The nanotechnology world may be set up for a boost with the new discovery that light, such as infrared, creates a pushing or pulling force when split into two beams that each travel on a different length of silicon nanowire, called a wave guide (as illustrated in the above photo). Because the beams are not in phase, they create a repulsive force that is adjustable. The more out of phase the rays are, the greater the force.
The new technology might give you images of Iron Man with his repulsor beams and Luke Skywalker with his light saber, but the phenomenon behind it does not work in free space, according to Mo Li, a postdoctoral associate in electrical aengineering at Yale University. Li says it only works when light is confined in the nanoscale waveguides that are placed very close to each other on the chip.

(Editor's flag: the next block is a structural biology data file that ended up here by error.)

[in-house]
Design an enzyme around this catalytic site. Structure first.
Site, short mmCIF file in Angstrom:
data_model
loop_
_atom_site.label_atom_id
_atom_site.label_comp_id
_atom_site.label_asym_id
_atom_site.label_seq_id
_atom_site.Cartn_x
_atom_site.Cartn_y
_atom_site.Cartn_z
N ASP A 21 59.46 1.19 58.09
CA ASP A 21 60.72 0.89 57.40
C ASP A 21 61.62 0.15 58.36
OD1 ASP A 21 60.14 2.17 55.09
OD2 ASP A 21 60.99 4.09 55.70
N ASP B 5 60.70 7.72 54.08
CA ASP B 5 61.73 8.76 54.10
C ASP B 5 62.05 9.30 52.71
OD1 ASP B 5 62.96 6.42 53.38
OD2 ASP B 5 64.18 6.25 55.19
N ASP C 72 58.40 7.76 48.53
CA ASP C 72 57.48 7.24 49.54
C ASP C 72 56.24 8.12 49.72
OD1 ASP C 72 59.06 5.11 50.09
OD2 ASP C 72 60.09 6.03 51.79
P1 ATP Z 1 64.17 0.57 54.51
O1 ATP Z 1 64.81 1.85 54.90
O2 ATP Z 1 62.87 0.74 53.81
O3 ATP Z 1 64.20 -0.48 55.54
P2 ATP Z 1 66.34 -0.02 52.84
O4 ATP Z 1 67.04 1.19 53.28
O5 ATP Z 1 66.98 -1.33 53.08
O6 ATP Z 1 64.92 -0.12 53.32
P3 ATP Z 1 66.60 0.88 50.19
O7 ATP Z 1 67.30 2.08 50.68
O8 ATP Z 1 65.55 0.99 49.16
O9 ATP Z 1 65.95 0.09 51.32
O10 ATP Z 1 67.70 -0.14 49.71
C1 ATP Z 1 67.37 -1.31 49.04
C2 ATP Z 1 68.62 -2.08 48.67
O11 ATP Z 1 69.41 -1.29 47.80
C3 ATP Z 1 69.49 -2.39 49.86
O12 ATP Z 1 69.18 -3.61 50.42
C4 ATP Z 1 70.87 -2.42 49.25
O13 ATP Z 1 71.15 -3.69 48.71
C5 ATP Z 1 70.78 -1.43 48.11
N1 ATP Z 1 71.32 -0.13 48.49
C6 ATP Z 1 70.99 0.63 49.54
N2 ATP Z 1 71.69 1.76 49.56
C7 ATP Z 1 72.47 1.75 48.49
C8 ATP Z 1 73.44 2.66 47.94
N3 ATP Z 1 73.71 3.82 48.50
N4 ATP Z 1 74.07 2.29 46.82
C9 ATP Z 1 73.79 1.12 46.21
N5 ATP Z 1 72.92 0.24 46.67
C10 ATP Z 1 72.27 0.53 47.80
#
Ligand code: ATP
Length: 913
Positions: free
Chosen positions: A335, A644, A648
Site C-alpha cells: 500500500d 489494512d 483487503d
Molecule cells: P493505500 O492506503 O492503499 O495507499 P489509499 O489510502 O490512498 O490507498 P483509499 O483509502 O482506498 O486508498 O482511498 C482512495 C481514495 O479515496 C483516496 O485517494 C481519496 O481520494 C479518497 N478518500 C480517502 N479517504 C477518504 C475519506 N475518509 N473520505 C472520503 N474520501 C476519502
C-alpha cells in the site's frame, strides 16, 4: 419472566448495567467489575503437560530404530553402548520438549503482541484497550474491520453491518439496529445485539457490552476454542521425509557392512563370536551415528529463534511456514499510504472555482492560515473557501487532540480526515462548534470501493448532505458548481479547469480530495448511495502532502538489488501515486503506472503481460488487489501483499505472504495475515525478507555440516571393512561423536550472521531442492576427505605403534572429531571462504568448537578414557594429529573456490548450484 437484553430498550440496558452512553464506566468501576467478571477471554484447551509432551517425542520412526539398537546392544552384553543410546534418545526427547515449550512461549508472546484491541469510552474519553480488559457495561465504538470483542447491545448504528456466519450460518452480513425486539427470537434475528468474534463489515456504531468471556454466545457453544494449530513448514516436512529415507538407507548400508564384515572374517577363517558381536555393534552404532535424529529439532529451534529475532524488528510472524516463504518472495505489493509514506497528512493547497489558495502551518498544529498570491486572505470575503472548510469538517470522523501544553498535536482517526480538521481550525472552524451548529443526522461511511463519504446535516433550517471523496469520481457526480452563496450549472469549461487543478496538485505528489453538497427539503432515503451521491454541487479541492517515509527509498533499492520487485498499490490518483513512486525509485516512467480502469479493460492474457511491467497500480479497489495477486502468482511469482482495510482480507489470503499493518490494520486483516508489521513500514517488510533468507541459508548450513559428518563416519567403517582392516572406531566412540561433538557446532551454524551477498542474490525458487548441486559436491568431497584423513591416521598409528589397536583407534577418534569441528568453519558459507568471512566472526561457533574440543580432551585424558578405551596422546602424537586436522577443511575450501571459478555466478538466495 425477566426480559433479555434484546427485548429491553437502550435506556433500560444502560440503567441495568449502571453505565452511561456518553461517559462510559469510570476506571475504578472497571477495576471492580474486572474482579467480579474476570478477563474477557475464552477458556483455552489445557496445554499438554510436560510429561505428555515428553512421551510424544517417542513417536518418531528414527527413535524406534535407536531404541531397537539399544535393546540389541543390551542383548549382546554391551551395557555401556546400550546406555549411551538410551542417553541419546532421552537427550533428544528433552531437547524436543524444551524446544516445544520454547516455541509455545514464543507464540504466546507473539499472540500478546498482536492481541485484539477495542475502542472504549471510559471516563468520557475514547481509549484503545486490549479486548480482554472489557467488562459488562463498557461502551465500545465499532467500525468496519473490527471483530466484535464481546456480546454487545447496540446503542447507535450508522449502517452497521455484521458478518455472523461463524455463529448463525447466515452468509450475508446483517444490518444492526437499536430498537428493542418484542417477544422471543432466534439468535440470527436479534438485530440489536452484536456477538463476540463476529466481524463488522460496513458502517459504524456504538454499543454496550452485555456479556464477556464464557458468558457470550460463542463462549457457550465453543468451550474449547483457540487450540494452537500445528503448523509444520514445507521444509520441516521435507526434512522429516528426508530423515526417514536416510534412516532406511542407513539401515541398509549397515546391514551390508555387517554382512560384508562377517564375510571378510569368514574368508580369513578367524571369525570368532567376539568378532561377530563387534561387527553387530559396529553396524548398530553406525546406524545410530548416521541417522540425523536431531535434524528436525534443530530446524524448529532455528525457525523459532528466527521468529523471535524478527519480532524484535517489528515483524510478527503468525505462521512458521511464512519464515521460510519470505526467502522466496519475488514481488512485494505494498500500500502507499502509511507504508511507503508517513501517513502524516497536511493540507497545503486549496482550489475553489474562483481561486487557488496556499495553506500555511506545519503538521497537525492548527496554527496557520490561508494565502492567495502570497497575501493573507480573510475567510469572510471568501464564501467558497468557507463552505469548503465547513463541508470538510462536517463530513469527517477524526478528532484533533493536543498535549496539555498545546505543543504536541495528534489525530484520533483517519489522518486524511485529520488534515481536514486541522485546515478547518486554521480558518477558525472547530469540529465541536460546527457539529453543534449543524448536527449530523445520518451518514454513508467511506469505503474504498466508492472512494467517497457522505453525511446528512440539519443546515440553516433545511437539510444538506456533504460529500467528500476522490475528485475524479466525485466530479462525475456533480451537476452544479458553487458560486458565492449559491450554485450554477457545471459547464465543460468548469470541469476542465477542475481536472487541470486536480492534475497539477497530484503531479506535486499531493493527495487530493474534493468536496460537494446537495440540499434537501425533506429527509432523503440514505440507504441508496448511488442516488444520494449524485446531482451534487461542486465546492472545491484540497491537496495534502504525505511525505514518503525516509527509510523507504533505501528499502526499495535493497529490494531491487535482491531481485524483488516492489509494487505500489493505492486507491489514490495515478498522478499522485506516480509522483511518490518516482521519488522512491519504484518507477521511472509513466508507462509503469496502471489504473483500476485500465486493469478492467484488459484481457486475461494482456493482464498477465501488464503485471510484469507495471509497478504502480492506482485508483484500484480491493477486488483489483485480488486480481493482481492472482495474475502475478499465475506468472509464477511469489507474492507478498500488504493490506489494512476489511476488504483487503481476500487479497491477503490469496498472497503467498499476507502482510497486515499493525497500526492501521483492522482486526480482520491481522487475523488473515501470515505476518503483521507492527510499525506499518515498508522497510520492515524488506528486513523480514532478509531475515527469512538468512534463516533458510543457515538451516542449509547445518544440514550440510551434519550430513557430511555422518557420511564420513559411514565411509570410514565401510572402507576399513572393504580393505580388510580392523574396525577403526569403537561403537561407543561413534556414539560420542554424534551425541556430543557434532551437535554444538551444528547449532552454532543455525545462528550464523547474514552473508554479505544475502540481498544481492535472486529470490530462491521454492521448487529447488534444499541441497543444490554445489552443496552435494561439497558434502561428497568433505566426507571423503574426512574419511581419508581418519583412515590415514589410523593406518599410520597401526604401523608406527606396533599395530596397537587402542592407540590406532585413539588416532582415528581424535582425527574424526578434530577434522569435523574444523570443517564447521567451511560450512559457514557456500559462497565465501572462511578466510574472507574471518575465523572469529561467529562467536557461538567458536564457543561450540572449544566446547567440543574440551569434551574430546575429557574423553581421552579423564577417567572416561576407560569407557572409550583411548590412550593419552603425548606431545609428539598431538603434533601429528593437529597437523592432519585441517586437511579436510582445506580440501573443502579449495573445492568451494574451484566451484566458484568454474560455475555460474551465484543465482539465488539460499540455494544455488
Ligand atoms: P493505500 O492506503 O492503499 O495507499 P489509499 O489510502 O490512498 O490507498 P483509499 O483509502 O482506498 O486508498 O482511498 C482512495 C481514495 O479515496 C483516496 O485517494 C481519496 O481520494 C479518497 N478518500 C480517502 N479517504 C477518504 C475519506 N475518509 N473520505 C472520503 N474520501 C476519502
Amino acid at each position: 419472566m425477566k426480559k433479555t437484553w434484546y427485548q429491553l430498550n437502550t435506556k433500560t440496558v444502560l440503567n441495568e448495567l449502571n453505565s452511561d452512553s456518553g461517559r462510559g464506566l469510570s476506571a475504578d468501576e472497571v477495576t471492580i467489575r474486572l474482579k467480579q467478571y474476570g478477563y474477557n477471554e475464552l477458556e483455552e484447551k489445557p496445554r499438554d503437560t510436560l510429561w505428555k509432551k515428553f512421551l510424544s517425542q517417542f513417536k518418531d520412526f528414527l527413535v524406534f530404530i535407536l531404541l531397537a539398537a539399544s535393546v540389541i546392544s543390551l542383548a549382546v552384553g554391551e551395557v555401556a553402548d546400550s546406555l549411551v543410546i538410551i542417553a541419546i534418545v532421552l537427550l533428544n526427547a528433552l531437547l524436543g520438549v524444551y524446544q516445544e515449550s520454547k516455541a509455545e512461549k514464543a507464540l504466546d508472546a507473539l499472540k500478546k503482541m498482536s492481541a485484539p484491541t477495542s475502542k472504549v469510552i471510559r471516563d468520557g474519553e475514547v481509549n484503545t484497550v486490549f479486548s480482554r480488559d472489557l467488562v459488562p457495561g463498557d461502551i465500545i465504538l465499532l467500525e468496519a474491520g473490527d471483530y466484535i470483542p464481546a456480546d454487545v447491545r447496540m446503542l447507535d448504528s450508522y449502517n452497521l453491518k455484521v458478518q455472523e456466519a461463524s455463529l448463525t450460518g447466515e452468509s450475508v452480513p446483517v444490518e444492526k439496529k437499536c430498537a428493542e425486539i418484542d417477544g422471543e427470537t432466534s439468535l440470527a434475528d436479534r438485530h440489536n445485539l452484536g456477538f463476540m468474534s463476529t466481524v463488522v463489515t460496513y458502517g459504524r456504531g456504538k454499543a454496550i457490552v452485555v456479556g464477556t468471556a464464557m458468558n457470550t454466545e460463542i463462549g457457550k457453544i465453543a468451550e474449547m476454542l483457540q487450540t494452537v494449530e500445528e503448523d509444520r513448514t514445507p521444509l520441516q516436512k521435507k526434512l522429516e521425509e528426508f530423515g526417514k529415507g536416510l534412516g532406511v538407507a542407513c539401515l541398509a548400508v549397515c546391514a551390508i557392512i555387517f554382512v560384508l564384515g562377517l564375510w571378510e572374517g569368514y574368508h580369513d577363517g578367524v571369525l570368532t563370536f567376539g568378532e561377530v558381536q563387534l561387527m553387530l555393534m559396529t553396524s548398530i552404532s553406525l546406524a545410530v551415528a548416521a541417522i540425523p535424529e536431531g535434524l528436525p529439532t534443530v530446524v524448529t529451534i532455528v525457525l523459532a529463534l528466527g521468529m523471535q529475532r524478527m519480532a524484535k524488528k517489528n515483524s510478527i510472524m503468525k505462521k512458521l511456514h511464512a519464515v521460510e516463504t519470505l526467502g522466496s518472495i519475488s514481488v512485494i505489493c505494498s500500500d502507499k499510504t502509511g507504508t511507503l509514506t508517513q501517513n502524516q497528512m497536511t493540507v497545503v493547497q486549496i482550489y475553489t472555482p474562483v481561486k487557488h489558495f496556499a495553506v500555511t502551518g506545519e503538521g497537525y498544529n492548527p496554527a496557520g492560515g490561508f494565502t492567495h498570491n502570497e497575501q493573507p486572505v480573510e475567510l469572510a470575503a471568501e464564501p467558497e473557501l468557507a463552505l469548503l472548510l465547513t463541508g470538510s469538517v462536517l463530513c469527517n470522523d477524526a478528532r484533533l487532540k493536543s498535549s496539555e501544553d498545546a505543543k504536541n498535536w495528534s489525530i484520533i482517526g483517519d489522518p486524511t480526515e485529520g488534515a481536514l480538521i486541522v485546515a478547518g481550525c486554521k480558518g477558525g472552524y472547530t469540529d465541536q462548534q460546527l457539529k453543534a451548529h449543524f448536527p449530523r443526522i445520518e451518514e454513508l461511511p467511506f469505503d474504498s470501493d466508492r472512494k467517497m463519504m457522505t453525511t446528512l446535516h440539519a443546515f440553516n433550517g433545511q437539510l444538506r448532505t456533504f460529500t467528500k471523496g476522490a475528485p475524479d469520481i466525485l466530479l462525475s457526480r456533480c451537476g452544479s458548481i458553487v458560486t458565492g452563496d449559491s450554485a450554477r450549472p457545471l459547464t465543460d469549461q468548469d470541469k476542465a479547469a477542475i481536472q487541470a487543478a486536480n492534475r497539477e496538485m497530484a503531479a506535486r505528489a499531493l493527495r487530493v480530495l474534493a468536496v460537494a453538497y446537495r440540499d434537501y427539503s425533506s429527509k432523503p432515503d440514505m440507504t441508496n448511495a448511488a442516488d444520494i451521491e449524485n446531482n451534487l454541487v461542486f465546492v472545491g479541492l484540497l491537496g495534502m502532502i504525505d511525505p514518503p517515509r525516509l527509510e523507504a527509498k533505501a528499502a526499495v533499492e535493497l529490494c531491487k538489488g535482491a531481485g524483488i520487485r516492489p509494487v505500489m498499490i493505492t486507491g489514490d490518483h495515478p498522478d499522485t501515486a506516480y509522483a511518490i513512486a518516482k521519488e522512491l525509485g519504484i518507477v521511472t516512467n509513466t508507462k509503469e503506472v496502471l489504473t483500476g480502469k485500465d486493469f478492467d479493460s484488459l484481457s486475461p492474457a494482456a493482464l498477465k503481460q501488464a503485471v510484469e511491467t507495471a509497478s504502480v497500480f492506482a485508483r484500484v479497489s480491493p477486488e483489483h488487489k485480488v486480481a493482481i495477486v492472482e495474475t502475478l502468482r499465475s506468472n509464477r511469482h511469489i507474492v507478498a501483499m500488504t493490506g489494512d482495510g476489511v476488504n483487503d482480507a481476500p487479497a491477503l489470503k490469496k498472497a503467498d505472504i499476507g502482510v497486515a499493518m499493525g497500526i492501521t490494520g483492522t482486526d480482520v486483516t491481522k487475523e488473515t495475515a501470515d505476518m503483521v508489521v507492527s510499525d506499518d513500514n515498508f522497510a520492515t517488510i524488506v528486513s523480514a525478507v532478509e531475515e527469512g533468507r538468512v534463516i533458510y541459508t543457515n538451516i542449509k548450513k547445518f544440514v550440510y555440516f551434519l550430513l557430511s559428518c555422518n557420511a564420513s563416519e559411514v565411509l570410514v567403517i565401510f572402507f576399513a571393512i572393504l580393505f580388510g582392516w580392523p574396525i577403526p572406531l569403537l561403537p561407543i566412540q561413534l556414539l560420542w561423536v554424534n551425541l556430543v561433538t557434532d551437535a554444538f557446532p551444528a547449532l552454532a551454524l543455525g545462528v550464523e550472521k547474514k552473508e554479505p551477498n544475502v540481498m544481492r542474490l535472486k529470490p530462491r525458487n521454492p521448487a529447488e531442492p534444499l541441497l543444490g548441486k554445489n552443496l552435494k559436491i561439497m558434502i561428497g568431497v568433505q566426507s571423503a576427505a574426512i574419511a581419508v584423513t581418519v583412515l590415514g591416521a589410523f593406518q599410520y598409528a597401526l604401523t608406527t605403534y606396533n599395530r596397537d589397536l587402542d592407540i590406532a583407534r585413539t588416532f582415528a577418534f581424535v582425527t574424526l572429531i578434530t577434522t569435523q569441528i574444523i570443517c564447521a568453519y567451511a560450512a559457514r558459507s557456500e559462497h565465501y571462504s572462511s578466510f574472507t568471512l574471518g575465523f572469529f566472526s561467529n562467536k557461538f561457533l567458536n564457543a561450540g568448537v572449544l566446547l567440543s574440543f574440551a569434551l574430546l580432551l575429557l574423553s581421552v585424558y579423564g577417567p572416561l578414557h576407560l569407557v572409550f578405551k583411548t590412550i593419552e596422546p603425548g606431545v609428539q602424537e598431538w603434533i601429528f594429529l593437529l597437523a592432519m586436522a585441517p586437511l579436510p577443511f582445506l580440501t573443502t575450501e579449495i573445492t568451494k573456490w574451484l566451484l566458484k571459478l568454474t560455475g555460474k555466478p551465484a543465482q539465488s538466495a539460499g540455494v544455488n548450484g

The engineers see this new light-force technology could pave the way for nanodevices that are controlled by light instead of electrical switches, the latest of which are made possible with semiconductors. It is believed that light switches will make future gadgets and devices like computers lighter and cooler, both literally and figuratively.